I Love You
|[Note Guidelines] Photographer's Note|
The Indian silverbill or white-throated munia (Euodice malabarica) is a small passerine bird found in the Indian Subcontinent and adjoining regions that was formerly considered to include the closely related African silverbill (Euodice cantans). This estrildid finch is a common resident breeding bird in the drier regions of the Middle East and the Indian Subcontinent. It has also been introduced into many other parts of the world and has become established in some areas. They forage in small flocks in grassland and scrub habitats.
The adult Indian silverbill is 11–11.5 cm long and has a conical silver-grey bill, buff-brown upper parts, white underparts, buffy flanks and dark wings. The tail is black and the wings are dark contrasting with a white rump. The sexes are similar, but immature have buff underparts and a shorter tail. The tail appears pointed as the length of the feathers reduces from the centre outwards. It feeds mainly on seeds, but also takes insects and has been known to visit nectar bearing flowers, such as those of Erythrina trees.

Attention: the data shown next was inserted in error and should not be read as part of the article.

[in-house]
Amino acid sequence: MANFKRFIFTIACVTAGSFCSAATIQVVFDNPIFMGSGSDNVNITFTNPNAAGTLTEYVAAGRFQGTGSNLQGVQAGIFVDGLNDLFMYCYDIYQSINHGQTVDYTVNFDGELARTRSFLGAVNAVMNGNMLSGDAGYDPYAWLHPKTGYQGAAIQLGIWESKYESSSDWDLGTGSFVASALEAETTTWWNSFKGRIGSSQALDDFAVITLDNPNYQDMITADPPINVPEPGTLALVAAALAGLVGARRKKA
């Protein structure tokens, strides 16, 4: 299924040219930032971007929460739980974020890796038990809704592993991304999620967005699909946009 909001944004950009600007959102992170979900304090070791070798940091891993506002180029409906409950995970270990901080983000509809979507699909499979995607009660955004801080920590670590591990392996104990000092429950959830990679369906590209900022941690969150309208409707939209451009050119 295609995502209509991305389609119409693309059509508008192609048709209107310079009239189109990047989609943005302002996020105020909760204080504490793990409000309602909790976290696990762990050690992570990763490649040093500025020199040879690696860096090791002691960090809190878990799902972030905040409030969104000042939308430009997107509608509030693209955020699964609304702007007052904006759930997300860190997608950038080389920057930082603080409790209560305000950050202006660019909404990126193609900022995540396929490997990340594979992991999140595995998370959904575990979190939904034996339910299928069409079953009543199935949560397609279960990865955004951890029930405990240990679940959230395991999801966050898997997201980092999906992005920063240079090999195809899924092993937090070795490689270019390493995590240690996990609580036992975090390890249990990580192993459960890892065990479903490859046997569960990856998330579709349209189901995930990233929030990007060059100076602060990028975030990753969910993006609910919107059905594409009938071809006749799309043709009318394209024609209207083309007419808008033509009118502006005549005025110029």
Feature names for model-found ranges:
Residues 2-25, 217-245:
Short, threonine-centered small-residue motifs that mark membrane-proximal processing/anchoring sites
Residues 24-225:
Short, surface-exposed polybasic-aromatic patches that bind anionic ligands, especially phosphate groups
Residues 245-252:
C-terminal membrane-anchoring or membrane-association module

This munia was described as Loxia malabarica by Linnaeus who placed it along with the crossbills. Subsequently they were included in the genera Uroloncha and Aidemosyne and later in the genus Lonchura into which many of the estrildid finches were included by Jean Delacour in his 1943 revision. The species earlier included Lonchura cantans, the African silverbill, which is found in the dry savannah habitats south of the Sahara Desert. In captivity the African birds were found to preferentially pair with mates within their own populations and did not recognise the Indian populations as con-specific. They are however known to produce fertile hybrids.
These birds are my everyday partner, every day they came to my garden to fill up their stomach. But one day I noticed that they are not that much scared from human beings. So I tried to capture them. And I saw this pair delivering love to each other which is very cute and sweet.
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